The One-Ingredient Trick To Instantly Rescue A Bland Pot Of Chili

We all know the feeling. After considerable time and creative energy poured into a pot of stovetop deliciousness, you taste that first sample spoonful – only to find it's blasé at best. The momentary panic is amplified when that bubbling brew happens to be a pot of supposedly flavorful, savory, spice-loving homemade chili. Fortunately, there's a simple rescue strategy, and it doesn't involve a mad dash to the supermarket.

You only need to have a shaker of monosodium glutamate (MSG) waiting in your pantry. The once-questioned flavor enhancer popular in Asian cooking has shed its cloak of mystery, now occupying an increasingly common spot in everyday kitchens. The FDA has given MSG its standard "generally recognized as safe" (GRAS) designation, explaining that it's a glutamic acid naturally occurring in the human body and in common foods such as tomatoes and cheeses.

A version of the natural substance now exists in the commercially available MSG, coming to the aid of chili chefs everywhere. The rescue operation involves a sprinkle of the white crystalline powder, which injects an earthy umami taste into any dish, including your accidentally bland pot of chili.

How MSG flavors chili

MSG imparts flavor through its glutamate, which activates human taste receptors, specifically the savory, full-bodied umami taste perception. Tasteless on its own, the MSG powder instead pulls out the savory characteristics of whatever food it enters. Healthline explains that it does this in part by stimulating salivary secretion, making your mouth water, and improving the taste of the food.

So, when your batch of bubbling chili lacks that rich depth and flavor kick, just reach for your jar of MSG. It only takes a small amount to jumpstart a batch of chili. Use your own taste buds as a guide, but generally, about one-eighth teaspoon per cup of chili will do the trick.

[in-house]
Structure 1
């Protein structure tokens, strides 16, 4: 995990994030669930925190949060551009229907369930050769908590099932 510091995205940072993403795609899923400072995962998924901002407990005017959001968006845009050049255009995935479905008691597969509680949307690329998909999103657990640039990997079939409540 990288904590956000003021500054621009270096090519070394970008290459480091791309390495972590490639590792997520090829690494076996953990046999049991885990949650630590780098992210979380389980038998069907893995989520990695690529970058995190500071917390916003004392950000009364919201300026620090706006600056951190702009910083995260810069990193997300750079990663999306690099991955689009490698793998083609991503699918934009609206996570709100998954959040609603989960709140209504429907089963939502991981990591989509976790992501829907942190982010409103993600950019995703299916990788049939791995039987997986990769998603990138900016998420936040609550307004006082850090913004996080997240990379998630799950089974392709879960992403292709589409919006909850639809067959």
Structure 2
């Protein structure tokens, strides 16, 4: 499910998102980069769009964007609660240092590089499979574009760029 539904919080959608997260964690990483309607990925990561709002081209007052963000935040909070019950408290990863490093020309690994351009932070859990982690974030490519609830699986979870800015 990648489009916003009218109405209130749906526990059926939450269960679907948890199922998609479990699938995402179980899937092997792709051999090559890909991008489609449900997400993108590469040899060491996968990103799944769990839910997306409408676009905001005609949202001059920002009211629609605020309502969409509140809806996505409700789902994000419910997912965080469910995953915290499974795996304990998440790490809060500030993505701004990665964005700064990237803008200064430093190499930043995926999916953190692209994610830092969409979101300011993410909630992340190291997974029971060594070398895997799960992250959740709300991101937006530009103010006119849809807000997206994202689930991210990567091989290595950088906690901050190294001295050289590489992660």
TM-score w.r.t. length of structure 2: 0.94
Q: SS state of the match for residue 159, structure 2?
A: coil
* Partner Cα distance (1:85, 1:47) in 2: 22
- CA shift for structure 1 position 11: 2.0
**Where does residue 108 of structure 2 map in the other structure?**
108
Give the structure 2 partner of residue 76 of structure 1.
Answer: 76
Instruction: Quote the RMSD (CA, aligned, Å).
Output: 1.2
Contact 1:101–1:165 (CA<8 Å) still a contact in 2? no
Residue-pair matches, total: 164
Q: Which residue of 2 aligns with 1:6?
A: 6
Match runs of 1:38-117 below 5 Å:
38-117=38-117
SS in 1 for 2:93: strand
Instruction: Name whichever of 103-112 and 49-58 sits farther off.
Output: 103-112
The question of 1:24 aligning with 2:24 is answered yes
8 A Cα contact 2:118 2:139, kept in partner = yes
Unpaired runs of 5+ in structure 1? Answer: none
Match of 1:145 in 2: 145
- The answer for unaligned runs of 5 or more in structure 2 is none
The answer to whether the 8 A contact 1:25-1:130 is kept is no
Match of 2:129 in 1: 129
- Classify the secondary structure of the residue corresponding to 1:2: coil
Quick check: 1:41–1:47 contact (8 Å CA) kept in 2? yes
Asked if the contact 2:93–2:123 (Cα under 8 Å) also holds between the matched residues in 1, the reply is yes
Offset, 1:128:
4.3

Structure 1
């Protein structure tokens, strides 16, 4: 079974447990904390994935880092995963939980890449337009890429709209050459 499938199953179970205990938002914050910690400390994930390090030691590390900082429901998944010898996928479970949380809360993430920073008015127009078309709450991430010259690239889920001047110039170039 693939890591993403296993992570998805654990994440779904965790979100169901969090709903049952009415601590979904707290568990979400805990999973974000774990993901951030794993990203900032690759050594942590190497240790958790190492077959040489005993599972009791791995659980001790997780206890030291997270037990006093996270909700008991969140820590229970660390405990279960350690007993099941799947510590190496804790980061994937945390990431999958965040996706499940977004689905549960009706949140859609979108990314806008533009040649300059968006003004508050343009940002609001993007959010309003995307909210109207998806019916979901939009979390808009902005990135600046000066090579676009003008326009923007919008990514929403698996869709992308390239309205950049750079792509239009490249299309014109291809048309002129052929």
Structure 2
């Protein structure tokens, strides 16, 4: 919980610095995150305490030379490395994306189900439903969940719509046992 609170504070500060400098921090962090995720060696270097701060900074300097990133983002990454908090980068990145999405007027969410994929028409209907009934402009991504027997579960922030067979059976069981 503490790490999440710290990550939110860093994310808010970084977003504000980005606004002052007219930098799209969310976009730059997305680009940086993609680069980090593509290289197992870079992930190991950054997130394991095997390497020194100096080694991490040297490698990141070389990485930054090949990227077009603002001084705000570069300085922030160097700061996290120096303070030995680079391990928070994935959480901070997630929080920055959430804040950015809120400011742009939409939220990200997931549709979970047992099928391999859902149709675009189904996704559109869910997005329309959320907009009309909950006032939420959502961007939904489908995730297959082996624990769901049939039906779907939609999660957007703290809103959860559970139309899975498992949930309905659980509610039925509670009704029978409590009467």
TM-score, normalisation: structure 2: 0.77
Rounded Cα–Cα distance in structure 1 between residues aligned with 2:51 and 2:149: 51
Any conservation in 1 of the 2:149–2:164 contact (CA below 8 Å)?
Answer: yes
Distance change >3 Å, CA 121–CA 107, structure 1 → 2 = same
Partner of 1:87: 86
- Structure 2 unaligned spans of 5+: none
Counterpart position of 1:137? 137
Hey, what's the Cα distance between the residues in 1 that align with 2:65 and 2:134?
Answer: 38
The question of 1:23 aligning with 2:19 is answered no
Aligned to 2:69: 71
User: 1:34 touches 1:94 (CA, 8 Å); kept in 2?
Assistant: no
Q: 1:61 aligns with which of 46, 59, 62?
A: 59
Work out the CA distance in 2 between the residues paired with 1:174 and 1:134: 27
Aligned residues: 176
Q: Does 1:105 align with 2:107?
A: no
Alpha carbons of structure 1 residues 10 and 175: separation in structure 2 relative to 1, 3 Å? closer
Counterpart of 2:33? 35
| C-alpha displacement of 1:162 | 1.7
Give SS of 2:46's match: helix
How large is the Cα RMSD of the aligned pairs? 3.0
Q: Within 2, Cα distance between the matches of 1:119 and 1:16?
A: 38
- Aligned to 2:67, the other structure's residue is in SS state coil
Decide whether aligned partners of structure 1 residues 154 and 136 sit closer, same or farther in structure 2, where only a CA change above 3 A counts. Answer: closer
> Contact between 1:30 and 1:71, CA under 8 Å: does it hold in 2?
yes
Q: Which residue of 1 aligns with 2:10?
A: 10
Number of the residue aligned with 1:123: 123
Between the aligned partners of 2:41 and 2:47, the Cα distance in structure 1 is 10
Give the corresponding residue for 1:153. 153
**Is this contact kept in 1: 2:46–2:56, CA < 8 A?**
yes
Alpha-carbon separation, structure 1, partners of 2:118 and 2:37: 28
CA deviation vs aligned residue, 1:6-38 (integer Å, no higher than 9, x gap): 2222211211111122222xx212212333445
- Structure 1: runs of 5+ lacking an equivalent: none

If your chili recipe includes salt, it's possible to reduce that salt intake by at least partially replacing it with MSG. You get the extra flavor complexity, while potentially alleviating cravings for excess sodium.

The connection between MSG and umami

To some chefs, MSG correlates to the term "aji-no-moto," the longstanding name of a company formed in the early 1900s to market and sell MSG as a flavor enhancer. One of Ajinomoto Group's founding fathers, biochemist Dr. Kikunae Ikeda, pinpointed the "meaty" flavor inherent in his wife's traditional Japanese dashi broth, which came from dried kombu seaweed. That discovery led to the "fifth sense" we now celebrate as umami, named after the Japanese word "umai," meaning delicious.

After Ikeda perfected his method of glutamate extraction from seaweed, it gradually evolved into today's MSG fermentation process employing starches and ingredients such as sugar cane, sugar beets, molasses, cassava, or corn. Almost indistinguishable from the glutamate occurring naturally in everyday foods, the powder form of MSG crystals, often referred to as umami seasoning, now impacts food flavors across the world.

As with the FDA, most health and nutrition experts generally agree that MSG is safe for the majority of people, especially when consumed in moderation. The debunked moniker of "Chinese Restaurant Syndrome" potentially came from MSG misinformation and racist cultural bias.